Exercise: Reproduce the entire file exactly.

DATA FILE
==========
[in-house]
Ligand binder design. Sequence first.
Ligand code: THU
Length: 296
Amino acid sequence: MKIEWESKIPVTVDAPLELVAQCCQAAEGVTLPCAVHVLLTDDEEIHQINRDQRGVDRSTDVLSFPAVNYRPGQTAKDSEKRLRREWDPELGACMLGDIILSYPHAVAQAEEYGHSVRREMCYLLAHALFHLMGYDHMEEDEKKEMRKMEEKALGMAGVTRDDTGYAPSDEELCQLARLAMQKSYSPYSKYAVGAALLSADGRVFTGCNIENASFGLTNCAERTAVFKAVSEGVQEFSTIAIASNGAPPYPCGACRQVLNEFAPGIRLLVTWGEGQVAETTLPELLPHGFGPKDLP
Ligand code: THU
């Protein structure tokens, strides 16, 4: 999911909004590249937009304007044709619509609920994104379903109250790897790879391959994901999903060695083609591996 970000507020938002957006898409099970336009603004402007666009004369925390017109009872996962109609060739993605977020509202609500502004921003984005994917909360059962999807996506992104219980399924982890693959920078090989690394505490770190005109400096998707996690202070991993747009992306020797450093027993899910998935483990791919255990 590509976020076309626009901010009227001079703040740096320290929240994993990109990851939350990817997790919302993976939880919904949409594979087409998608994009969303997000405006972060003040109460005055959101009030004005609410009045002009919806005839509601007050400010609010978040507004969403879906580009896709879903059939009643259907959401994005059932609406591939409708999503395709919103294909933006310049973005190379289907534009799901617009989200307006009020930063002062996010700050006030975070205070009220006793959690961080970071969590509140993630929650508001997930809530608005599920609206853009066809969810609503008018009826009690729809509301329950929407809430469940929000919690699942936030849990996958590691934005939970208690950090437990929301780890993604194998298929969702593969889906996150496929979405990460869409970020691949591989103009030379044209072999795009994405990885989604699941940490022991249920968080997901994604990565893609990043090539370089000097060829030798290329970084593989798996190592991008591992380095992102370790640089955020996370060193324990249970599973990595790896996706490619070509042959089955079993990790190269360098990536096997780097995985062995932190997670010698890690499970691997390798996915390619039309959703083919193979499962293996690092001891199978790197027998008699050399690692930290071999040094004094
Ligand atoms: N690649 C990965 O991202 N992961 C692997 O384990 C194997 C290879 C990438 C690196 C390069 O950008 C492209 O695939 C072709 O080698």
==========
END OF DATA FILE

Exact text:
[in-house]
Ligand binder design. Sequence first.
Ligand code: THU
Length: 296
Amino acid sequence: MKIEWESKIPVTVDAPLELVAQCCQAAEGVTLPCAVHVLLTDDEEIHQINRDQRGVDRSTDVLSFPAVNYRPGQTAKDSEKRLRREWDPELGACMLGDIILSYPHAVAQAEEYGHSVRREMCYLLAHALFHLMGYDHMEEDEKKEMRKMEEKALGMAGVTRDDTGYAPSDEELCQLARLAMQKSYSPYSKYAVGAALLSADGRVFTGCNIENASFGLTNCAERTAVFKAVSEGVQEFSTIAIASNGAPPYPCGACRQVLNEFAPGIRLLVTWGEGQVAETTLPELLPHGFGPKDLP
Ligand code: THU
């Protein structure tokens, strides 16, 4: 999911909004590249937009304007044709619509609920994104379903109250790897790879391959994901999903060695083609591996 970000507020938002957006898409099970336009603004402007666009004369925390017109009872996962109609060739993605977020509202609500502004921003984005994917909360059962999807996506992104219980399924982890693959920078090989690394505490770190005109400096998707996690202070991993747009992306020797450093027993899910998935483990791919255990 590509976020076309626009901010009227001079703040740096320290929240994993990109990851939350990817997790919302993976939880919904949409594979087409998608994009969303997000405006972060003040109460005055959101009030004005609410009045002009919806005839509601007050400010609010978040507004969403879906580009896709879903059939009643259907959401994005059932609406591939409708999503395709919103294909933006310049973005190379289907534009799901617009989200307006009020930063002062996010700050006030975070205070009220006793959690961080970071969590509140993630929650508001997930809530608005599920609206853009066809969810609503008018009826009690729809509301329950929407809430469940929000919690699942936030849990996958590691934005939970208690950090437990929301780890993604194998298929969702593969889906996150496929979405990460869409970020691949591989103009030379044209072999795009994405990885989604699941940490022991249920968080997901994604990565893609990043090539370089000097060829030798290329970084593989798996190592991008591992380095992102370790640089955020996370060193324990249970599973990595790896996706490619070509042959089955079993990790190269360098990536096997780097995985062995932190997670010698890690499970691997390798996915390619039309959703083919193979499962293996690092001891199978790197027998008699050399690692930290071999040094004094
Ligand atoms: N690649 C990965 O991202 N992961 C692997 O384990 C194997 C290879 C990438 C690196 C390069 O950008 C492209 O695939 C072709 O080698």